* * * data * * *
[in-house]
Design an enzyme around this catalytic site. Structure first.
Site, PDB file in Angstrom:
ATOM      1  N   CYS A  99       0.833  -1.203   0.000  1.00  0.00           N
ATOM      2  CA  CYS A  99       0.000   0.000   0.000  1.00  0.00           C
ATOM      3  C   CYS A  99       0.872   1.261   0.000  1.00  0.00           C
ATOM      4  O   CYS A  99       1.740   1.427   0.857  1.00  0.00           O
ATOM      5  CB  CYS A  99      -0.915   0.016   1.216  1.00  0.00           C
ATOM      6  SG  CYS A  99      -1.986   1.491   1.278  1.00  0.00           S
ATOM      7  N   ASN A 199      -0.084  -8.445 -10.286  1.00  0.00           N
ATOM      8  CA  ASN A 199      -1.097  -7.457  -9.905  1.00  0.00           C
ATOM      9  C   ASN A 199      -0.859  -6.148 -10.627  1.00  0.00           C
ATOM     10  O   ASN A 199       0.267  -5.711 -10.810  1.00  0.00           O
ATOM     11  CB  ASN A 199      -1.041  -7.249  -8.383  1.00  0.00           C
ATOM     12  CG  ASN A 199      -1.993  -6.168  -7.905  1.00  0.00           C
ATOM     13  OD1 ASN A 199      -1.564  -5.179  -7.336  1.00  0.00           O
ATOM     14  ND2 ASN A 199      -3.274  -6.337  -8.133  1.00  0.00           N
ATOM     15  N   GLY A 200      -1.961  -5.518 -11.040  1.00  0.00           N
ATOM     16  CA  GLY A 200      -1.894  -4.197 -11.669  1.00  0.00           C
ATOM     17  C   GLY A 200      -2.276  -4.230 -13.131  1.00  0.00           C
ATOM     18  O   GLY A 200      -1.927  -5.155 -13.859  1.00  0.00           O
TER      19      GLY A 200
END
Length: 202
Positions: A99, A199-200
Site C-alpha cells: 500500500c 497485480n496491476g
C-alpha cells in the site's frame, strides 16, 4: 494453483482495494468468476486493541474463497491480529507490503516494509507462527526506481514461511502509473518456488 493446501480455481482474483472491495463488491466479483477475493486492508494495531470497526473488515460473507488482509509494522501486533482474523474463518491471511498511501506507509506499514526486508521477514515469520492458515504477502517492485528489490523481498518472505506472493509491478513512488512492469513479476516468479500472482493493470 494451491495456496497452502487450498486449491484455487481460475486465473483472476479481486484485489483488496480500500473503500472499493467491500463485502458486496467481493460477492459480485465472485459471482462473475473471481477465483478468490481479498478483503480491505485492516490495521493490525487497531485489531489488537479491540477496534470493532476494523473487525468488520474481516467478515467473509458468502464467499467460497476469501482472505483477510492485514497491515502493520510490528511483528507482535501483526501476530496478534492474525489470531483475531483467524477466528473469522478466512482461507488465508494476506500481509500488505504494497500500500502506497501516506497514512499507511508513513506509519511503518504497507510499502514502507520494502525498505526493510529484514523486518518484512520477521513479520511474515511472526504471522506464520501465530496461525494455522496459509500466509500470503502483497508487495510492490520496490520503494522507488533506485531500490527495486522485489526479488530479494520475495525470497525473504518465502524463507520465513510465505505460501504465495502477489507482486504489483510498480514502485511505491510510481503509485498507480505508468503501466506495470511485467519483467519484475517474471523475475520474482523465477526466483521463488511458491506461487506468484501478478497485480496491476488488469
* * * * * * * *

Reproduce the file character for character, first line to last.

[in-house]
Design an enzyme around this catalytic site. Structure first.
Site, PDB file in Angstrom:
ATOM      1  N   CYS A  99       0.833  -1.203   0.000  1.00  0.00           N
ATOM      2  CA  CYS A  99       0.000   0.000   0.000  1.00  0.00           C
ATOM      3  C   CYS A  99       0.872   1.261   0.000  1.00  0.00           C
ATOM      4  O   CYS A  99       1.740   1.427   0.857  1.00  0.00           O
ATOM      5  CB  CYS A  99      -0.915   0.016   1.216  1.00  0.00           C
ATOM      6  SG  CYS A  99      -1.986   1.491   1.278  1.00  0.00           S
ATOM      7  N   ASN A 199      -0.084  -8.445 -10.286  1.00  0.00           N
ATOM      8  CA  ASN A 199      -1.097  -7.457  -9.905  1.00  0.00           C
ATOM      9  C   ASN A 199      -0.859  -6.148 -10.627  1.00  0.00           C
ATOM     10  O   ASN A 199       0.267  -5.711 -10.810  1.00  0.00           O
ATOM     11  CB  ASN A 199      -1.041  -7.249  -8.383  1.00  0.00           C
ATOM     12  CG  ASN A 199      -1.993  -6.168  -7.905  1.00  0.00           C
ATOM     13  OD1 ASN A 199      -1.564  -5.179  -7.336  1.00  0.00           O
ATOM     14  ND2 ASN A 199      -3.274  -6.337  -8.133  1.00  0.00           N
ATOM     15  N   GLY A 200      -1.961  -5.518 -11.040  1.00  0.00           N
ATOM     16  CA  GLY A 200      -1.894  -4.197 -11.669  1.00  0.00           C
ATOM     17  C   GLY A 200      -2.276  -4.230 -13.131  1.00  0.00           C
ATOM     18  O   GLY A 200      -1.927  -5.155 -13.859  1.00  0.00           O
TER      19      GLY A 200
END
Length: 202
Positions: A99, A199-200
Site C-alpha cells: 500500500c 497485480n496491476g
C-alpha cells in the site's frame, strides 16, 4: 494453483482495494468468476486493541474463497491480529507490503516494509507462527526506481514461511502509473518456488 493446501480455481482474483472491495463488491466479483477475493486492508494495531470497526473488515460473507488482509509494522501486533482474523474463518491471511498511501506507509506499514526486508521477514515469520492458515504477502517492485528489490523481498518472505506472493509491478513512488512492469513479476516468479500472482493493470 494451491495456496497452502487450498486449491484455487481460475486465473483472476479481486484485489483488496480500500473503500472499493467491500463485502458486496467481493460477492459480485465472485459471482462473475473471481477465483478468490481479498478483503480491505485492516490495521493490525487497531485489531489488537479491540477496534470493532476494523473487525468488520474481516467478515467473509458468502464467499467460497476469501482472505483477510492485514497491515502493520510490528511483528507482535501483526501476530496478534492474525489470531483475531483467524477466528473469522478466512482461507488465508494476506500481509500488505504494497500500500502506497501516506497514512499507511508513513506509519511503518504497507510499502514502507520494502525498505526493510529484514523486518518484512520477521513479520511474515511472526504471522506464520501465530496461525494455522496459509500466509500470503502483497508487495510492490520496490520503494522507488533506485531500490527495486522485489526479488530479494520475495525470497525473504518465502524463507520465513510465505505460501504465495502477489507482486504489483510498480514502485511505491510510481503509485498507480505508468503501466506495470511485467519483467519484475517474471523475475520474482523465477526466483521463488511458491506461487506468484501478478497485480496491476488488469